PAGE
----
"So many people get stuck in the routine of life that their dreams waste away. This is about living the dream." - Cave Dog

                    I use what the aid stations have as much as feasible, but I've found they don't always have what was advertised.  So I pack everything I could need and if I don't need it, no loss.

                     

                    As far as reasons for not eating what-ever I randomly find at aid stations, this is more because I am paranoid about what will happen if my stomach doesn't like what I eat.  Maybe as I get more experienced with 100 milers I'll relax a little about the fueling...

                    Are you saying you don't use aid stations?  You use drop bags (or a vest or backpack...) only?

                     

                    Snizzle


                      I use what the aid stations have as much as feasible, but I've found they don't always have what was advertised.  So I pack everything I could need and if I don't need it, no loss.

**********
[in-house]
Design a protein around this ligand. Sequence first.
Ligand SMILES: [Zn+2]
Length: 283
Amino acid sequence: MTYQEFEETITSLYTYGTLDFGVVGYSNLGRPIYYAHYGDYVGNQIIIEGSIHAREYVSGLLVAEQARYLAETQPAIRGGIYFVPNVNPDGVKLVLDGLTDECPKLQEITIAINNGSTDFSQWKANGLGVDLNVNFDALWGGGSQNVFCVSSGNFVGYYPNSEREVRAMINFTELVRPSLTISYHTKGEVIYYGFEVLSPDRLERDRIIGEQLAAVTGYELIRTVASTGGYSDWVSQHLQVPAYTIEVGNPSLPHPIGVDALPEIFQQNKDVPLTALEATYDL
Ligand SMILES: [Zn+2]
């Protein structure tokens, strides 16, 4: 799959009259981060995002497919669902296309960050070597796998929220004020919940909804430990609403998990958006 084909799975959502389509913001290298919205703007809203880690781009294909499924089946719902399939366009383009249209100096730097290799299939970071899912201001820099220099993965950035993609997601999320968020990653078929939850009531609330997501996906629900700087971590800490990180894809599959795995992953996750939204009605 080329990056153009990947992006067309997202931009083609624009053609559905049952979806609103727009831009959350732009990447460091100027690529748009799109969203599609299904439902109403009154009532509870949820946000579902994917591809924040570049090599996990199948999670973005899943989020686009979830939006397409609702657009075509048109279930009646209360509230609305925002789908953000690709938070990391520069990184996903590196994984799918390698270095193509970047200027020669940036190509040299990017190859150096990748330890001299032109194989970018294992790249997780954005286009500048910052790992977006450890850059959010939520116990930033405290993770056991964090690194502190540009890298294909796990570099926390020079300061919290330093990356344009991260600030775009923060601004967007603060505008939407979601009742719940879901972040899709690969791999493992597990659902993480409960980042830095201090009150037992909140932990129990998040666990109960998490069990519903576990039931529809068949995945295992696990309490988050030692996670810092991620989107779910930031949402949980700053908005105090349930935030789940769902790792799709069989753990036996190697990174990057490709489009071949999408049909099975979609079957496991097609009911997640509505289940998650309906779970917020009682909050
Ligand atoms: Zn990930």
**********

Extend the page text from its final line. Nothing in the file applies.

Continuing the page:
As far as reasons for not eating what-ever I randomly find at aid stations, this is more because I am paranoid about what will happen if my stomach doesn't like what I eat.  Maybe as I get more experienced with 100 milers I'll relax a little about the fueling...

                      *****sorry, swapped hard drives have messed up a few identity issues beyond my

                      *****usual problems.  Snizzle and John M. are similar things

                       

                      Thank you.  I think my stuff was biased by age.  We did not have the advantage of the

                      Internet and just trained to be able to use whatever was available when we go to the